First, get GROMACS into your path using
Now, have a look at the raw (backbone) trajectory:
gmx trjconv -s ref.pdb -f md1_backbone.xtc -o md1.pdb -e 1000
0 when asked for a group).
play button at the bottom right of the main PyMol window. If it is too fast, you can move from frame to frame using the
previous buttons or drag the movie bar at the bottom of the PyMol window.
Now let’s start the principal component analysis of this trajectory. This is done by building a so-called covariance matrix of the atomic fluctuations. Diagonalisation of this matrix yields a set of eigenvectors and eigenvalues, that describe collective modes of fluctuations of the protein. Recall:
- The eigenvectors corresponding to the largest eigenvalues are called “principal components”. They represent the largest amplitude of collective motions.
- The motions along the principal components are obtained by orthogonally projecting the protein coordinates onto the eigenvectors.
- The eigenvalues give the variance of the principal components, i.e., the contribution of the principal component to the overall fluctuation of the protein.
gmx covar -s ref.pdb -f md1_backbone.xtc
0 twice when asked for a group. If you issue a
You’ll see that
gmx covar has generated both eigenvalues and eigenvectors, in files called
eigenvec.trr. Recall that the eigenvalues indicate the contributions of the eigenvectors to the mean square fluctuations in the given ensemble. View the eigenvalue spectrum with:
The eigenvalues are sorted according to their size. Use the zoom bottom of xmgrace 🔍 to zoom to the largest eigenvalues (with the smallest eigenvector index). As you can see, there are only a few large eigenvalues, all others are relatively small, suggesting that a large fraction of the total fluctuations are explained by only a few principal components.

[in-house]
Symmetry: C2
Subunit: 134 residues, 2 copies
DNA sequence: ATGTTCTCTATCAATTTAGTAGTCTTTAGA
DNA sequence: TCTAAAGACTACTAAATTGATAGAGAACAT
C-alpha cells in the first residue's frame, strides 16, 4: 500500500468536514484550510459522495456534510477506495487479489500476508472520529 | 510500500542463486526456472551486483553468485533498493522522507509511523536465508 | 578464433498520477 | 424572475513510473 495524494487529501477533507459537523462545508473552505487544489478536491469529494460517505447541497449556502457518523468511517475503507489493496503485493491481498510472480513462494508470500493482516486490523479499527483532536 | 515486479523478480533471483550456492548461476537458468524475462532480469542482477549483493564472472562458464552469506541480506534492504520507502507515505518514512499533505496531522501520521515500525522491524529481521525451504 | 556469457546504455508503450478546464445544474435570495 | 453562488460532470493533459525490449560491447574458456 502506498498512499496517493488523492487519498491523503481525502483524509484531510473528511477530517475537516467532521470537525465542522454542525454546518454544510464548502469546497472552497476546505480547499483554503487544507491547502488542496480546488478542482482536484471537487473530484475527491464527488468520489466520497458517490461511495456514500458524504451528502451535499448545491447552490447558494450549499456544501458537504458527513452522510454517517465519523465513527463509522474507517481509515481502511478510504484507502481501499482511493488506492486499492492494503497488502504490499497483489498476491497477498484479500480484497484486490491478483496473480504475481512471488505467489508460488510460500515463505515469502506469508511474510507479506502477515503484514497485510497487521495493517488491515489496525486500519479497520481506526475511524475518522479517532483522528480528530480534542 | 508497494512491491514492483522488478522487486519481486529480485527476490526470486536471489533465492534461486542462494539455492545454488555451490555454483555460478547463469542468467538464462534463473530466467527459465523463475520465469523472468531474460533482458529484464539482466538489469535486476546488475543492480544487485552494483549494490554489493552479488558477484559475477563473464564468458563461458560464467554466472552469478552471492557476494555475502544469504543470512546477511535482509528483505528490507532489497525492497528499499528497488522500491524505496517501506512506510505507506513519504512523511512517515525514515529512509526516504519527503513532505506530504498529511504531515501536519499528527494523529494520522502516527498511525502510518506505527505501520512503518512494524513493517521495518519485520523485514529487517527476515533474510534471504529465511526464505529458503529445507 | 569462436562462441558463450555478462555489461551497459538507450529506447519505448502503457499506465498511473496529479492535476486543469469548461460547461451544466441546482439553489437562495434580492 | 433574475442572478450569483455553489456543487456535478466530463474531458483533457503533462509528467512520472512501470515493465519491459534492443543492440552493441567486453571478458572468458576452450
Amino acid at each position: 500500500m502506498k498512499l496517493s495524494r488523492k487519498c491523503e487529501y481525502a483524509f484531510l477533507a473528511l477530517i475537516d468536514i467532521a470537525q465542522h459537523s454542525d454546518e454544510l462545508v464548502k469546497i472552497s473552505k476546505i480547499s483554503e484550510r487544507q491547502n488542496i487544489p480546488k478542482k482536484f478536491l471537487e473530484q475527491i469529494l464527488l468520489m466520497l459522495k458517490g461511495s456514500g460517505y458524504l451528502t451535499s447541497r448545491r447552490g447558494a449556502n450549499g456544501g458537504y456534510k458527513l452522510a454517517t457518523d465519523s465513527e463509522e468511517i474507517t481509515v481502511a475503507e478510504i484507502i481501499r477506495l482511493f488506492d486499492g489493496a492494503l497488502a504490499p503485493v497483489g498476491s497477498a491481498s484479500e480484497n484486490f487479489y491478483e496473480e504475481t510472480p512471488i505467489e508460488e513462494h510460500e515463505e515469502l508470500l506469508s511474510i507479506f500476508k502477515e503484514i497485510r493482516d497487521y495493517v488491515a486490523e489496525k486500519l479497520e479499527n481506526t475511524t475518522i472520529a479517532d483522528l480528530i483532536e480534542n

To see what type of motion the individual eigenvectors correspond to, we filter the original trajectory and project on a selected eigenvector. For example, along the first eigenvector:
gmx anaeig -s ref.pdb -f md1_backbone.xtc -filt filter1.pdb -first 1 -last 1 -skip 100
View the animation with:
To see the movie slower you can in the PyMol tools bar:
Movie → Frame Rate → 5 FPS
Question: How would you describe this type of motion? How does it compare to the raw trajectory?
💡 The structure is now fluctuating along a single collective vector, namely along the first PCA vector. You see the first principal component as a function of simulation time. Because the input ensemble contained relatively few frames (large time step), the structure seems to “jump”.
As you can see, the animation is kind of jerky. This is because even such large-scale motions do not occur smoothly, but stochastically. To see a smooth animation of the motion along the first eigenvector, we can artificially interpolate between the extreme conformations sampled during the simulation along this eigenvector:
gmx anaeig -s ref.pdb -f md1_backbone.xtc -extr extreme1.pdb -first 1 -last 1 -nframes 30
Now repeat the last two commands for the second eigenvector.
Question: How would you describe the motion along the first and second eigenvectors? What happens with the substrate-binding cleft in these two motions?